Ukraine is experiencing an explosion of open data – the same data, which, considered a bonified success by investigative journalists and everyday citizens in the 2010s, is now an element of everyday life with the maximum effort of two to three clicks.

Anyone who reads my blog will hardly be surprised by the open register of court decisions. This is the norm. The natural law. And the advantage of Prozorro and open public procurement is not worth talking about.

To serve and prevent

What is the essence of open data? It is transparency, accountability, and the engagement of as many opinion leaders as possible. All this concerns both the state apparatus and business.

For example, in one of his last comments, E-data project manager Alexander Schelokov noted, “In 2015, the information space was filled with so many mini-investigations that budget money was used here and there to buy expensive coffeemakers or 100 000 pairs of socks. In 2016, the number of such precedents decreased, and in 2017 there were none at all.”

The openness of procurement plans is supplemented by data on income and expenditure, not only for each locality in Ukraine, but throughout the country. And this is why portal is so important.

Not only about money

More recently, we found that open data not only allows us to save money on purchases and check the budget cries of officials, but also to bring consciousness to our lives.

For example, this summer, the Ministry of Environment published data on the state of surface water in Ukraine. And this is a reason to be proud of the country: based on the latest release of the Global Open Data Index, we are featured among 15 other countries that take this issue seriously.

The system analyses surface water using 16 parameters. This knowledge has a very specific use: it becomes clear who pollutes the river near you or your place of work. Is it from your actions?

Or take the interactive map “Zlіt Dozvolen” (Take-off Allowed).

Two years ago, journalists and businesses that were planning to enter the Ukrainian market could rely only on information requests to obtain necessary airline data. While, data containing decisions of the State Aviation Administration, for example, a group that met only once a month, and appeared in the form of an Excel spreadsheet with directions and deadlines issued to airlines, was shared with less deserving individuals.

The sober mind triumphed and with the help of foreign project “Transparency and accountability in public administration and services/TAPAS”, the State Aviation Service started publishing industry-key data online: air routes (already used and those in the works), the number of active airlines and their workload, detailed information about carriers, and much more.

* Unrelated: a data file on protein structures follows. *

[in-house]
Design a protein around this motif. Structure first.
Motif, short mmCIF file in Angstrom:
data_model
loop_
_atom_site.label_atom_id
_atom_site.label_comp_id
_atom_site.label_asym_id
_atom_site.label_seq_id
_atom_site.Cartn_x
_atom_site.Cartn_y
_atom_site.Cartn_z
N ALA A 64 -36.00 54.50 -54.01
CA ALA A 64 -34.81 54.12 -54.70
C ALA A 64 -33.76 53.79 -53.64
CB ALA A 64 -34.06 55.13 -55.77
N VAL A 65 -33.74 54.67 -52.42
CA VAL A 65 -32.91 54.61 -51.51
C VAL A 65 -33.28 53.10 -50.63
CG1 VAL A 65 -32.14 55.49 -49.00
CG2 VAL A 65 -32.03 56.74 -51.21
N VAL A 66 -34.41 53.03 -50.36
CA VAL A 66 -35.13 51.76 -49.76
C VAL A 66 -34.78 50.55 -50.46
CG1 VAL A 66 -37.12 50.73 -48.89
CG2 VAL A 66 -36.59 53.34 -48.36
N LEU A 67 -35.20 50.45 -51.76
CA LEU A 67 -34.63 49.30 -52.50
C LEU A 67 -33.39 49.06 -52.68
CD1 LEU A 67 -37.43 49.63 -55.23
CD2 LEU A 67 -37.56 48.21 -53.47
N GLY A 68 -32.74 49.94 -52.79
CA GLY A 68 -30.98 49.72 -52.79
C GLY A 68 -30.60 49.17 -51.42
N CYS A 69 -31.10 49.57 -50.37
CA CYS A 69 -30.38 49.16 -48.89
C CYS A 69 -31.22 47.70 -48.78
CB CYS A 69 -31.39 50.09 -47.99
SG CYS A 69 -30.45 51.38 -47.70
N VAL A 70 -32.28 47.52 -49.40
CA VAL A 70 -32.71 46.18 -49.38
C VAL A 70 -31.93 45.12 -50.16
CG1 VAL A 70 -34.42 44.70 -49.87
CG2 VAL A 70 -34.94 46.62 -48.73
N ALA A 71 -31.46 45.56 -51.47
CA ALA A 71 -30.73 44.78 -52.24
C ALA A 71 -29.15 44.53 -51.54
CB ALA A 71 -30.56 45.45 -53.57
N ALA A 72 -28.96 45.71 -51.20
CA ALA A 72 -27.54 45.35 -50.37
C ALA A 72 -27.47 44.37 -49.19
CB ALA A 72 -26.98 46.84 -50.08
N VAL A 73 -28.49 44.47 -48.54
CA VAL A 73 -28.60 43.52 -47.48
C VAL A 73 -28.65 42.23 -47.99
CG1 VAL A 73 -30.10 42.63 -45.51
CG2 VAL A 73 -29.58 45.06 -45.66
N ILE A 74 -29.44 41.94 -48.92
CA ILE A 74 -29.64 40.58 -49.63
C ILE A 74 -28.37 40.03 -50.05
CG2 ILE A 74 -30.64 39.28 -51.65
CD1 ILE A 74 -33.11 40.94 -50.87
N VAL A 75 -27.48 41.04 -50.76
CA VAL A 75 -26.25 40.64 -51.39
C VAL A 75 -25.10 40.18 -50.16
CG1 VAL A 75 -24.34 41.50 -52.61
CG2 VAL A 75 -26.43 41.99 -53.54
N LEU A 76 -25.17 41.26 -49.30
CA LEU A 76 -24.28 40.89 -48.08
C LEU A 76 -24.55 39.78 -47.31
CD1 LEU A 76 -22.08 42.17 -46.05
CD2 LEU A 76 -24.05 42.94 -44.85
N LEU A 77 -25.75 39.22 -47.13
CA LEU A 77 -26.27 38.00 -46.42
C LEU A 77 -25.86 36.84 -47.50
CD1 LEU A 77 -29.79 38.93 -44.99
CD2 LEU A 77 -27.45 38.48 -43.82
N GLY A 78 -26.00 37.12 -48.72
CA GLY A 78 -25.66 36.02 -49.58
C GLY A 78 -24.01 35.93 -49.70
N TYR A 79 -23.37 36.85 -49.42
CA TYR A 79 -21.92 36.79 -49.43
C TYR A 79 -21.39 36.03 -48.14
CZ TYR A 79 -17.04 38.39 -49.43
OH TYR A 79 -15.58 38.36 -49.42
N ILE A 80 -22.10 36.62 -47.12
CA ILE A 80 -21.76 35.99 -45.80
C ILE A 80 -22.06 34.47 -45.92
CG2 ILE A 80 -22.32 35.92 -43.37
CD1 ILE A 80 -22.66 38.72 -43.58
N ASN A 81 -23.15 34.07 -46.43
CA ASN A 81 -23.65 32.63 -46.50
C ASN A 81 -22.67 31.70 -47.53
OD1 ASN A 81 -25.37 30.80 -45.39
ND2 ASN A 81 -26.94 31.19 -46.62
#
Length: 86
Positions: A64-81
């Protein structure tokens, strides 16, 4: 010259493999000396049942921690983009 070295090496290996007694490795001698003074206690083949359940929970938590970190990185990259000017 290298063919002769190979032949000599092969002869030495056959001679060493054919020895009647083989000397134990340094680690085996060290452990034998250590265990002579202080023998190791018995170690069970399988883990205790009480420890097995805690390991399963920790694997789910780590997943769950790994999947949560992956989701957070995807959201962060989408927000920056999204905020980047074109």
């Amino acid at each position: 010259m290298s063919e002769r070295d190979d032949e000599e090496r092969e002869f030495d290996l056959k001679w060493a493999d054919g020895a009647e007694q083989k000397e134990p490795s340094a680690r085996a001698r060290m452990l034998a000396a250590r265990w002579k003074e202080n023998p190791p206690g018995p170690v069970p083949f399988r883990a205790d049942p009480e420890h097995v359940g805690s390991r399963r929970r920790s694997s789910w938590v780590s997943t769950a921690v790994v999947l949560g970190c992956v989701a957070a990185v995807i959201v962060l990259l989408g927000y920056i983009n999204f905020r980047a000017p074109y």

I have already written about national initiatives. Fortunately, there are some cities which have turned out to be proactive and begun making available data that is important for the local context.

In Lviv, by 2016, a group of civil servants-enthusiasts took shape, and began digitising city data, creating

the Telegram-bot LvivCityHelper. The bot can promptly answer user questions regarding repairs, education, a register of urban planning conditions and restrictions, as well as permits for summer sites. Compare all this with Kiev 1551.

And that’s not all. Ahead of the rest where open date is concerned, Lviv’s mayor published data on city planning, recreation, health protection, culture, economy, etc on the Open Data Lviv website. And on the Lviv geoportal, figures on demography and the address register are available.

What is waiting for business?

When another registry or open data file opens, an official starts crying somewhere. The start of this multi-thousand-strong sob began in 2015, when the Cabinet of Ministers, by Decree No. 835, ordered the publishing of open data in so-called machine-readable form.

Business is pleased with these successes and believes that what has been achieved so far is only the beginning.

Thousands of entrepreneurs have been waiting for the state to open data in areas that traditionally pulled Ukraine down in the Doing Business ranking. In particular, the discovery of geological data, information about getting electricity (connection to the power supply network), inspections of enterprises by regulatory authorities. Regarding this last point, I will say that of the 33 existing inspection bodies only 26 willingly share information with the network, where key player State Fiscal Service is not one of them.

But as water wears away stone, then the SFS will at some point succumb to the effects of the inevitable.